Chronic obstructive pulmonary disease (COPD) is the 4th leading cause of death in North America and a major cause of morbidity and health resource utilization. Accurate diagnosis of COPD requires direct measurement of lung function (spirometry), but this remains widely underused in clinical practice and we have shown that most patients diagnosed with COPD have never received this testing. We (with key collaborators Kenneth Chapman and Roger Goldstein) have conducted prospective studies to explore more optimal use of pulmonary function testing for diagnosing COPD, particularly in primary care, and to identify factors associated with underdiagnosis and overdiagnosis of COPD. Also, most existing randomized trials have lacked power to demonstrate reductions in mortality with drug therapies currently used in COPD. We (with key collaborators Andrea Gershon and Teresa To) are conducting large observational studies using population health services databases to compare effectiveness of COPD pharmacotherapies in real-world clinical practice. Key findings to date include similar associations of long-acting beta-agonist and long-acting anticholinergic bronchodilators with small increases in risk of cardiovascular events and uncertainty as to which may be more effective for COPD compared to results of randomized trials.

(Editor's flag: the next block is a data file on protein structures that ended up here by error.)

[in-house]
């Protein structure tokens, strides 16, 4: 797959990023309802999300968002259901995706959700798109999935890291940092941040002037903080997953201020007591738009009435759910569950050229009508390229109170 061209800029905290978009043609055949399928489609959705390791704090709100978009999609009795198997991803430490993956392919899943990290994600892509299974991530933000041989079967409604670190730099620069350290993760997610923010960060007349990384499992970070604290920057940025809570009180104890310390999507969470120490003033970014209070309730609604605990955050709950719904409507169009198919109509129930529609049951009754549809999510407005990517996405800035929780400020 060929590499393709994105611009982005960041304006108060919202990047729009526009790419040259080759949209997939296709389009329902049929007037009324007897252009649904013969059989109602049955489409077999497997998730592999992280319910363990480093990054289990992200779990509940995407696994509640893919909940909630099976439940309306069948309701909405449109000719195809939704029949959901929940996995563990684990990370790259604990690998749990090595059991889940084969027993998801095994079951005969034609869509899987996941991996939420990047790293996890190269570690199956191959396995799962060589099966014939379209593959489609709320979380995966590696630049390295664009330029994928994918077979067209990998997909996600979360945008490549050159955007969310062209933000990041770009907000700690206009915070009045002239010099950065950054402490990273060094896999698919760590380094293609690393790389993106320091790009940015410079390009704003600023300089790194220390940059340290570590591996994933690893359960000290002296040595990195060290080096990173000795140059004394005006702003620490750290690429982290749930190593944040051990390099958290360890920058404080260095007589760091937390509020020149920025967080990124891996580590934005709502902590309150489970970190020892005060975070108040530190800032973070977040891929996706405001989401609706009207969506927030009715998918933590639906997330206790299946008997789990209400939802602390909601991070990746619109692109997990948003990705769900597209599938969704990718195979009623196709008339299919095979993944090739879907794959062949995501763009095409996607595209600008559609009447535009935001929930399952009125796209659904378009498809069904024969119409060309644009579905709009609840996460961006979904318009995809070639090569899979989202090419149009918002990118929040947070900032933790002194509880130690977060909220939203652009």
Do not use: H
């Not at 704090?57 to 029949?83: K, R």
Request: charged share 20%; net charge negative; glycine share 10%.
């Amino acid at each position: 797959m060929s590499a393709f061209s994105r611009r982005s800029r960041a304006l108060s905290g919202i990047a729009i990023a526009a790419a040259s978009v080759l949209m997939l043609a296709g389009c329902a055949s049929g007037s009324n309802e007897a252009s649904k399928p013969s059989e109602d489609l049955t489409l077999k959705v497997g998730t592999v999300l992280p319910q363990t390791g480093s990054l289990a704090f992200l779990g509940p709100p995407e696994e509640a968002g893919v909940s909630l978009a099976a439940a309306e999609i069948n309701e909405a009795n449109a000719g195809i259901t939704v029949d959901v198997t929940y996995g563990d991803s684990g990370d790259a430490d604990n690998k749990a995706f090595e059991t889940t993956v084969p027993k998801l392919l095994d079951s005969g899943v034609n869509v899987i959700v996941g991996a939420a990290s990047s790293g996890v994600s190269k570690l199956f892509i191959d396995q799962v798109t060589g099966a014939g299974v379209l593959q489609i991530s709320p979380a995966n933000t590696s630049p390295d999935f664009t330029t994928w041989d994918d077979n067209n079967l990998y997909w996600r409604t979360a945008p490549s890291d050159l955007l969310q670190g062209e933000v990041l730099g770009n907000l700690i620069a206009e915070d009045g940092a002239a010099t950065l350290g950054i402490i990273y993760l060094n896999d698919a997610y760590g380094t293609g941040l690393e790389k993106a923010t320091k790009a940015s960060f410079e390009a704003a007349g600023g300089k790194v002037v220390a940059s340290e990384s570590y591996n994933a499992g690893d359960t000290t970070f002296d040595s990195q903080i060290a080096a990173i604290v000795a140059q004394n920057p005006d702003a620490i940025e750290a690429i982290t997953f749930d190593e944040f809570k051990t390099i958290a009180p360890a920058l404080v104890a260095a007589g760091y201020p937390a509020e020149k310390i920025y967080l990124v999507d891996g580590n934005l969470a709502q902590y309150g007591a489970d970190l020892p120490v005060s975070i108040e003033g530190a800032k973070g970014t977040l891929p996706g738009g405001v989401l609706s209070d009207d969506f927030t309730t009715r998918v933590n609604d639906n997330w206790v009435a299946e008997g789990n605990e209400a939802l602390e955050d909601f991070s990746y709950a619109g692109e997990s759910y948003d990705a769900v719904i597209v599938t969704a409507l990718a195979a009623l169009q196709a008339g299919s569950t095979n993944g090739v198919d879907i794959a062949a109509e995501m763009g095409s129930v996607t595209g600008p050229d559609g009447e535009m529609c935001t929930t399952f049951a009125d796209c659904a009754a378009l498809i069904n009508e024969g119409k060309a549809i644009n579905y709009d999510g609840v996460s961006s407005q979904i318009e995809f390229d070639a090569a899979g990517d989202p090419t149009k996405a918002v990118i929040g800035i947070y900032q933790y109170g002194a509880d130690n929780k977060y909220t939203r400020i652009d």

Medical residents are required to undergo training in critical appraisal of the medical literature. Respirology Journal Club, a mandatory component of the Division of Respirology`s residency training program, provides residents with learning and practice in advanced skills of evaluating clinical evidence related to respiratory disorders. At monthly sessions, trainees individually select studies for discussion based on their personal interests while ensuring a breadth of clinical and methodological topics over the year. The trainee prepares a written summary of the study and their critical appraisal of it and presents this orally to the group, followed by a general discussion. A methodological expert serves as faculty advisor (a capacity in which I have served since 2002), facilitates discussion among the trainees and highlights important learning points. A clinical expert drawn from among the Division faculty is often invited to enhance the discussion as well. Since 2013, opportunity to participate in Journal Club has been expanded beyond U of T residents to the world as summaries of discussions are now shared live via Twitter. This initiative has successfully attracted the broader input of faculty locally as well as a large international following. Through Journal Club, trainees acquire and refine the skills they will use for the rest of their medical careers to scrutinize reports of new research and judge whether and how it should change their clinical practice.